One of the things that I found most challenging, was finding the right resources for my projects. I’d spend hours researching things to shoot, creating mood boards on Pinterest and jotting things down. Throughout the planning stage of my project, I realised that food, backdrops and basic resources to create my images were pretty much unavailable or had extremely unrealistic delivery times. Every time I had an idea, I would go to the supermarket, wait in a large queue, only to discover that the ingredients or props I had originally planned to pick up for my shoot were unavailable. Things weren’t as easy to plan as expected so I had to improvise and work with the resources that I had. This is how I managed to achieve this shoot.

Citrus – Fruit – Hayley Benoit – Still Life – Photography – April 2020
Citrus Sun Shoot by Hayley Benoit

Planning shoots and activity around my house has been uplifting, and I’ve also started painting, drawing and puzzles to keep the creative side of my brain active. It’s been great to practise these skills that I wouldn’t ordinarily have the time to do.

"It’s been great to practise these skills that I wouldn’t ordinarily have the time to do."

Something else I’ve found useful is joining a WhatsApp group for photographers, set up by my friend and photographer Donald Michael-Chambers. This has allowed me to connect to photographers from across the world to share inspiration, ideas and topics for discussion. Talking to others in my situation has been brilliant, and the collaborative nature has pushed me to further my own skills and creativity.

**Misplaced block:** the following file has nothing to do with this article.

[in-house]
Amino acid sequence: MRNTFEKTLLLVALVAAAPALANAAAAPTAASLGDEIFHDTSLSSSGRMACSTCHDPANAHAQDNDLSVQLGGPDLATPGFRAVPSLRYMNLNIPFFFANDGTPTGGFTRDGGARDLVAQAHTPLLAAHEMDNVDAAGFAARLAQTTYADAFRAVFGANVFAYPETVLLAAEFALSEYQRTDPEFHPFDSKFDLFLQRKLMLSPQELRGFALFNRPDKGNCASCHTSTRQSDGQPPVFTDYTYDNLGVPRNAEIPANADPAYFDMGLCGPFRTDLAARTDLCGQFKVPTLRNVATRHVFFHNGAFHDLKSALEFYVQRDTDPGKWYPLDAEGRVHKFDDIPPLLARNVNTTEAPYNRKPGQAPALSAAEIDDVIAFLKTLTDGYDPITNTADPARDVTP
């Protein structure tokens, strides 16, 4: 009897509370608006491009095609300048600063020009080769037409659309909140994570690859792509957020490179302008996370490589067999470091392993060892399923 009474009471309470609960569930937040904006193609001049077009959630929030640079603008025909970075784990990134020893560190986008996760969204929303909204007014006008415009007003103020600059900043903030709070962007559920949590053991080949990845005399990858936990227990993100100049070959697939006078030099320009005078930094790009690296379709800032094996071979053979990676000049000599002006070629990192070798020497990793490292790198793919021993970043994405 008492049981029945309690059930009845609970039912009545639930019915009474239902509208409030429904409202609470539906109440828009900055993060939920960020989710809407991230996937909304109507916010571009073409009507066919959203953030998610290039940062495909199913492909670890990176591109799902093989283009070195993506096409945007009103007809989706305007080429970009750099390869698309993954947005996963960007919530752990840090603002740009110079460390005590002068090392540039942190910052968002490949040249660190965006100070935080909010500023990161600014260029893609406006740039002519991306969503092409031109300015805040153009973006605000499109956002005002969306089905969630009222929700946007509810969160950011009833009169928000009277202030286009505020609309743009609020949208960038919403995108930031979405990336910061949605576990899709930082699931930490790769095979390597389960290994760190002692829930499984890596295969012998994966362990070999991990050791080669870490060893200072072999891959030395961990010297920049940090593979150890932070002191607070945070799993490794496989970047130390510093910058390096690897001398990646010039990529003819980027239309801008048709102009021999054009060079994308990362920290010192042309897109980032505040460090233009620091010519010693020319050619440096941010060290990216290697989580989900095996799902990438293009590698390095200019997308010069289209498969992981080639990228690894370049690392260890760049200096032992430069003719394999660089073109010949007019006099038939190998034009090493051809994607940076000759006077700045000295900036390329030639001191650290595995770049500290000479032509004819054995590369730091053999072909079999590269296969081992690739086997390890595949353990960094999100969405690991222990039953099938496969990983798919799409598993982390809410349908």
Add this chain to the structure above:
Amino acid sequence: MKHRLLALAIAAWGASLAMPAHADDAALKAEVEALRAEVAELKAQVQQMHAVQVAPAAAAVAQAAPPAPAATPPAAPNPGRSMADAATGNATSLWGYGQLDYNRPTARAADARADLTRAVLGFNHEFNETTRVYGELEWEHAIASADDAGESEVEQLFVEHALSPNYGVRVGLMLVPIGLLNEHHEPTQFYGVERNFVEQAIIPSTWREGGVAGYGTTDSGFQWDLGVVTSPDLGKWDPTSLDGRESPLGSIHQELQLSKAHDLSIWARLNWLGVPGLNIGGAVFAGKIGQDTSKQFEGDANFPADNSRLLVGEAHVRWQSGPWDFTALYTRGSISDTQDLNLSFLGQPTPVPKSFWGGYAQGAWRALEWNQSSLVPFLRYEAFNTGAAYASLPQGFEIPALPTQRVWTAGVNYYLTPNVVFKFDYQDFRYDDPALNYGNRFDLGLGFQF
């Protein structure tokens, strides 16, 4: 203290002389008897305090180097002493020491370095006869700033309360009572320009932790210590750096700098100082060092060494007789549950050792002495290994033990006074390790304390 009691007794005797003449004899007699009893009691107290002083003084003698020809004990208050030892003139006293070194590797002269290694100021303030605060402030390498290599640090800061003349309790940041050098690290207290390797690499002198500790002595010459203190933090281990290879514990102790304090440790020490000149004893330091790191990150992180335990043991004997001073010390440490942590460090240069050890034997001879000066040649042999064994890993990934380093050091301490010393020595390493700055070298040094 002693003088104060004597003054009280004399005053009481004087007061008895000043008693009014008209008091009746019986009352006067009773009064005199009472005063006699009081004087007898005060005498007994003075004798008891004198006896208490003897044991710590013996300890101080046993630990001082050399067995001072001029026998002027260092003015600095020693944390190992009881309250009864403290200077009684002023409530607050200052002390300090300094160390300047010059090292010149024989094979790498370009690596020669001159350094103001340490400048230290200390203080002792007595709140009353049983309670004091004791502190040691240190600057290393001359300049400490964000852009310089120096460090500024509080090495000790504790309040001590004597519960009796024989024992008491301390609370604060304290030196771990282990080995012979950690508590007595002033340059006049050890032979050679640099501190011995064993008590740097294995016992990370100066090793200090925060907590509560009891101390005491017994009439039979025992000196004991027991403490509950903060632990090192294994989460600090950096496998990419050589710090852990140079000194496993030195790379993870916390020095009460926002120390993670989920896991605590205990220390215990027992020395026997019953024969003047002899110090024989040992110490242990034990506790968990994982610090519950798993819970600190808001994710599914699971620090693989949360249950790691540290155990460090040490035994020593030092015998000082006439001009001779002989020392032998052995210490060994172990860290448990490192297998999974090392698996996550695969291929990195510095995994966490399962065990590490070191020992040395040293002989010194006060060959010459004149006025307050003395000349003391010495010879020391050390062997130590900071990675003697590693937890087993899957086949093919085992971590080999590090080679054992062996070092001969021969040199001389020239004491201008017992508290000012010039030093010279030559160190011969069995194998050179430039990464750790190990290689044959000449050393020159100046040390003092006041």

What’s next on my agenda?

Preparing for ‘normal: I know it’s important to ensure that the creative stuff I’m getting up to during lockdown pays off when life returns to ‘normal.’ This week I have been doing a lot of research on creative agencies, producers, photographers and publications. I have also written on forums to get some advice on my website and portfolio so that I can have this updated during the lockdown. I’ve found that as people are working from home with a lot more time on their hands, they generally have a clearer headspace to look at these types of things and provide fantastic advice.

Learning new skills: Developing new skills is also on my agenda, there are a lot of free webinars, tutorials and blogs to look at, so whenever I get a spare moment this is something I am starting to incorporate in my daily schedule. I’ve been doing courses in business management, UX and project management, and have found some great webinars through sponsored posts on Instagram.

Creating a newsletter: I’m currently in the process of creating a newsletter for my business, where I’ll provide monthly updates on my work.

I still have more things I’d like to achieve during the lockdown, but the foundations I’ve laid feel great. I’m feeling confident in where my business is headed and have appreciated having the headspace to create a new business model with a fluid workflow. I’ve transformed my usual ‘working from home’ lifestyle in ways that I hope will benefit both my business in the long run as well as my own physical and mental health.